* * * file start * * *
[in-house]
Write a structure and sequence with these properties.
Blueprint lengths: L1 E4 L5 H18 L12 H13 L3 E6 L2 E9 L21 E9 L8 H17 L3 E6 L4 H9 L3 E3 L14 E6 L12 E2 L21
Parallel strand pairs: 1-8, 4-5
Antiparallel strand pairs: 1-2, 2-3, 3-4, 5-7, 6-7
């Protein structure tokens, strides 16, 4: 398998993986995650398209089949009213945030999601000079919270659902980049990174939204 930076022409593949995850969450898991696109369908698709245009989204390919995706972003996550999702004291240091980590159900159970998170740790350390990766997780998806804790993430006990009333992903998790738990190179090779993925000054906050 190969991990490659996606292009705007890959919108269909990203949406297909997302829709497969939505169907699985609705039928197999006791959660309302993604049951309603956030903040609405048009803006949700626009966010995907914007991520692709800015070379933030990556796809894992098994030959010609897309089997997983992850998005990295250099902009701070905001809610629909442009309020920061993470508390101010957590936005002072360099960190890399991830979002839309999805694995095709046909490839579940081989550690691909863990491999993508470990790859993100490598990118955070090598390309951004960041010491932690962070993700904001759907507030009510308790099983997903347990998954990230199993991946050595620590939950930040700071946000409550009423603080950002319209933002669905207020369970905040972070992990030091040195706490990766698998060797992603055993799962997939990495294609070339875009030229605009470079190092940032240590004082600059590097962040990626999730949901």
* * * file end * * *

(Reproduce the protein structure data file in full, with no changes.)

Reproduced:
[in-house]
Write a structure and sequence with these properties.
Blueprint lengths: L1 E4 L5 H18 L12 H13 L3 E6 L2 E9 L21 E9 L8 H17 L3 E6 L4 H9 L3 E3 L14 E6 L12 E2 L21
Parallel strand pairs: 1-8, 4-5
Antiparallel strand pairs: 1-2, 2-3, 3-4, 5-7, 6-7
């Protein structure tokens, strides 16, 4: 398998993986995650398209089949009213945030999601000079919270659902980049990174939204 930076022409593949995850969450898991696109369908698709245009989204390919995706972003996550999702004291240091980590159900159970998170740790350390990766997780998806804790993430006990009333992903998790738990190179090779993925000054906050 190969991990490659996606292009705007890959919108269909990203949406297909997302829709497969939505169907699985609705039928197999006791959660309302993604049951309603956030903040609405048009803006949700626009966010995907914007991520692709800015070379933030990556796809894992098994030959010609897309089997997983992850998005990295250099902009701070905001809610629909442009309020920061993470508390101010957590936005002072360099960190890399991830979002839309999805694995095709046909490839579940081989550690691909863990491999993508470990790859993100490598990118955070090598390309951004960041010491932690962070993700904001759907507030009510308790099983997903347990998954990230199993991946050595620590939950930040700071946000409550009423603080950002319209933002669905207020369970905040972070992990030091040195706490990766698998060797992603055993799962997939990495294609070339875009030229605009470079190092940032240590004082600059590097962040990626999730949901």